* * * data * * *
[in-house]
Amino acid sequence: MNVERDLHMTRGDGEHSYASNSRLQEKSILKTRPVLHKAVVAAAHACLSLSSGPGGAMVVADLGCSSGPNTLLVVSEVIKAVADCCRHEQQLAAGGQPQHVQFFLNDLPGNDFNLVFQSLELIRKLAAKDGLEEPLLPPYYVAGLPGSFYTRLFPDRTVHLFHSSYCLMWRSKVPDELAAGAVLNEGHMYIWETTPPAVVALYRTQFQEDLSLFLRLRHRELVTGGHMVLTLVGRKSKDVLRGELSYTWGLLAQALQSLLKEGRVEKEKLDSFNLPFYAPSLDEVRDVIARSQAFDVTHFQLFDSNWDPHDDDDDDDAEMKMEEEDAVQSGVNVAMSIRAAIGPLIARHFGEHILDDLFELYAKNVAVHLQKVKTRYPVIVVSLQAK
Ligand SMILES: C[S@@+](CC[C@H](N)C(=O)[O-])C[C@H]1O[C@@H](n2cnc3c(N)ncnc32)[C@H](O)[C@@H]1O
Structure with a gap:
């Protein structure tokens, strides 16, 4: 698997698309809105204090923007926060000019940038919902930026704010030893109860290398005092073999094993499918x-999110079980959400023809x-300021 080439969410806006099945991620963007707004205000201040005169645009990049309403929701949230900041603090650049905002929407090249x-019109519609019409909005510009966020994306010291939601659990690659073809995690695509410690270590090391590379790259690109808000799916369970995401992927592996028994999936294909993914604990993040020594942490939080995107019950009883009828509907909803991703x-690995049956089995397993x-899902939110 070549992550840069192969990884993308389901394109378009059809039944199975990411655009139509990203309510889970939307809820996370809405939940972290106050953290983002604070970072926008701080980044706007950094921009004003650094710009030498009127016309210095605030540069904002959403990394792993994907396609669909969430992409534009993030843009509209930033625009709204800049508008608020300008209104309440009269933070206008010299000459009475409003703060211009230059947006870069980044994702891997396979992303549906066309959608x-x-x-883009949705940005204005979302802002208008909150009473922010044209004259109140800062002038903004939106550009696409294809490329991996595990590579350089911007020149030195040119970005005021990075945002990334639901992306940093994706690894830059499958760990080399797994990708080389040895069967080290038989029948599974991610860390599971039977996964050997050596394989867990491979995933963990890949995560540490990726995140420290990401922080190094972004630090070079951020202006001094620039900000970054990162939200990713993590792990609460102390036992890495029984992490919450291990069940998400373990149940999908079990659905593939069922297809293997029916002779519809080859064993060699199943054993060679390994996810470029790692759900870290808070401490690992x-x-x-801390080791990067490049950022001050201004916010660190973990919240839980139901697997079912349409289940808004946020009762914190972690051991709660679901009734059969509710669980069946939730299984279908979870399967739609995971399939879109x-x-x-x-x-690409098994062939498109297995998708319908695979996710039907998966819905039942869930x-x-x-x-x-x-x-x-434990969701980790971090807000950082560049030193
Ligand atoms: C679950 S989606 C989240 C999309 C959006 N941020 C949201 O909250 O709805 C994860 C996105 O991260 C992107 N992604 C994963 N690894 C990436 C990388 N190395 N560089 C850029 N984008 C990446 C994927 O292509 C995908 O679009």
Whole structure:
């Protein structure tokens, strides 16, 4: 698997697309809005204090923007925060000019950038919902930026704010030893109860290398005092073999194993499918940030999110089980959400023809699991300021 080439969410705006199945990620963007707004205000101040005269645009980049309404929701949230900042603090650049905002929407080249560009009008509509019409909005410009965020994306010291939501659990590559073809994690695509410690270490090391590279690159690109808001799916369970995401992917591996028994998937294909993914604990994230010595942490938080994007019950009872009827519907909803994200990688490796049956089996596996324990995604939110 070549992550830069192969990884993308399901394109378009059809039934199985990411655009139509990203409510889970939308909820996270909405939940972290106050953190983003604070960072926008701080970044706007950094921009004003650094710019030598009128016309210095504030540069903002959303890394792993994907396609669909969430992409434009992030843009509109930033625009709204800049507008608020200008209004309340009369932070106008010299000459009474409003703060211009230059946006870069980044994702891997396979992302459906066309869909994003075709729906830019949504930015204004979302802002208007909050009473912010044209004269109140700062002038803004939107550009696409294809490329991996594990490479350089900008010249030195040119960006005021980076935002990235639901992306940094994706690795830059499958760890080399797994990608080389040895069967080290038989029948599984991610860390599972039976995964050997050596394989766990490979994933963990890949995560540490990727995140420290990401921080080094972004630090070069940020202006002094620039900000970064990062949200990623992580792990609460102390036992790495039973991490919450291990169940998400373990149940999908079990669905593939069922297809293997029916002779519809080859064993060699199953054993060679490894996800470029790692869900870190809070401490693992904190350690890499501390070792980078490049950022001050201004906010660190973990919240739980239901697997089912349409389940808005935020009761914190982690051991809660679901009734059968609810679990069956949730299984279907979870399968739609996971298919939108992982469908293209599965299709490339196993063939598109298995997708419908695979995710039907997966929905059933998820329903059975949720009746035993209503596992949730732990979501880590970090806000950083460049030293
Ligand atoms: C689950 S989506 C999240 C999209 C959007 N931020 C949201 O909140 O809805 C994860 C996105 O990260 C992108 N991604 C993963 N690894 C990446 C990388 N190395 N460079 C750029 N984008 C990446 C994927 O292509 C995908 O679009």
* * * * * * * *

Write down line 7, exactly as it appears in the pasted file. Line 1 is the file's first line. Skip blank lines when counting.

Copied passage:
Whole structure: